Thursday, January 27, 2011

Lazy Scarfy

Hmm. Been slacking on the blog lately.

My works hours have steadily climbed higher lately, and my workweeks now include Saturdays. So, because of my slowly decreasing free time, I've been trying my hardest to relax whenever possible.

And since I'm crazy, I decided, on a whim, to start up a knitting project. I did a search on my blog and noticed that I have never mentioned knitting before. This is pretty crazy to me, as I have been knitting for a very long time. Granted, I haven't made anything in a while, but still.

I bought three balls of yarn (9 p.m. trip to Wal-Mart in flannel pajamas), dug out my knitting needles, did a mass online search for a pattern that I liked, and started. Unfortunately, I don't know where I found this pattern. I jotted down four lines in a notebook with my crazy knitting shorthand, picked up the needles, and cast on 72 stitches. I didn't take a gauge (it's a scarf, after all), I didn't test, I just started.

I've been slowly making my way on this scarf. Because I picked (of all things) a ribbed cable pattern, it's pretty time-consuming and also very yarn-consuming. I don't really mind either issue. I don't have a deadline, I'm just knitting to comfort myself.

Progress so far:

I desaturated the photo (taken on my phone) because it was morning when I took it, and the sun was making the colors all wonky. The yarn's called "ocean" and is a rather nice blue. I'll take a real picture of the scarf sometime.

I'm thinking that I'll make matching fingerless mitts once I'm done with the scarf- I should have enough yarn.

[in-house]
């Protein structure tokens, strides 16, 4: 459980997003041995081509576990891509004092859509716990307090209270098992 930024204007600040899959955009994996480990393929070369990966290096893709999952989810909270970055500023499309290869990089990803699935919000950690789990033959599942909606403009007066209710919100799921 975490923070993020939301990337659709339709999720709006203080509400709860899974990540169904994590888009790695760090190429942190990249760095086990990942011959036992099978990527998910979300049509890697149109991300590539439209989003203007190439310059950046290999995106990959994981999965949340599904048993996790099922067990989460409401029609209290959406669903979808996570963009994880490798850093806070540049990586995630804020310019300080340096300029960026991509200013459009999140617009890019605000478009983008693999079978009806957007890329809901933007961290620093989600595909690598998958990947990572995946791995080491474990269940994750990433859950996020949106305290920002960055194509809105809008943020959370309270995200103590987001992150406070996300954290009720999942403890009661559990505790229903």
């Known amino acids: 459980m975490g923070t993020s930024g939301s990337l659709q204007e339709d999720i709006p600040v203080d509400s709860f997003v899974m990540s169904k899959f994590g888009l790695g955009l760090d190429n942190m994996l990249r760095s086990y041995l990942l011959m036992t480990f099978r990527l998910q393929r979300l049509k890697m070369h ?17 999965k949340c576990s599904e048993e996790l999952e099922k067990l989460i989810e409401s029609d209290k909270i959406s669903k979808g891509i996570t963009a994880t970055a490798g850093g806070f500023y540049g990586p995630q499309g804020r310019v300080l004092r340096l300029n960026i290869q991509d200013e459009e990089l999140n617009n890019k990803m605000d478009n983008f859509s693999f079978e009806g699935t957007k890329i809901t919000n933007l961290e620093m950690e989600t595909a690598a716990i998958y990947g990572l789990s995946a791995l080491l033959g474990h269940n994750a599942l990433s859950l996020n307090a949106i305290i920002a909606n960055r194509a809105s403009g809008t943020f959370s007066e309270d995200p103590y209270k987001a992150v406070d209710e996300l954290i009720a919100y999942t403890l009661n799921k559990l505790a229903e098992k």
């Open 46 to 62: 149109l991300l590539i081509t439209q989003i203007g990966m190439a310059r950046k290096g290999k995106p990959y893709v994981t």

Nothing interesting going on, nothing interesting to mention. Just a scarf.


Friday, January 21, 2011


I sure do whine about weather a lot.

In my defense, I am a fair, sensitive-skinned Californian, who has never known humidity or iciness in my entire memory. (Yes, I was born in Korea, but I was three years old when we immigrated. I don't think those early summers and winters in Korea count.)

The things about winter, real winter, that I never knew:

- I am capable of not being able to feel my nose.
- I've never before in my life needed gloves or mittens, until now. All previous purchases were merely decorative, but I'm glad I bought them.
- My skin will get red, wind-chapped, turn rough, and then peel off. As though I've gotten sunburned.
- The sun in New Mexico is very deceptive. Though sunrise is later, the sun comes up and stays up, and is bright, lying to my face about how cold it is outside.
- Grocery stores actually have less produce. I never even imagined that weather would play a factor in the regular, non-seasonal produce that I buy, because nothing changes in California. Here, about half the produce shelves are sad and empty, and I can only find heartier vegetables that survive the freezing temperatures and/or the long truck rides from out-of-state.
- One pair of pants isn't enough. And though I never appreciated them before, pantyhose and nylons and even long trouser socks are my new best friends.
- Thermals WORK.
- Even my hair can feel cold.

The temperature here has actually gotten quite a bit better. Still cold, to the point that I am wearing scarves and jackets and wool socks (I have a newly found and very fervent adoration of wool), and open-toed shoes are completely out of the question. But not as cold as it was just a week ago.

The thing that amazed (still amazes) me is going shopping for fruits and vegetables. I pretty regularly visit three different stores, and all of them were sad and depleted of their stock of more delicate vegetables. Everyone's got potatoes and onions and chard, sure, but even lettuce is getting scarcer. I can't find tomatoes, even the depressing almost-red ones. I certainly can't find kale, which is surprising, since I always considered it a very tough vegetable. All things that I had no problem getting in the dead of "winter" in LA.

Nobody warns you that come winter in a city with seasons, your food shopping experience changes. It was the one thing that sort of surprised me, then confused me, and now I'm amazed by. Isn't this the reason refrigerated trucks were invented? I can buy eclairs made in Vegas, but I can't find a nice artichoke?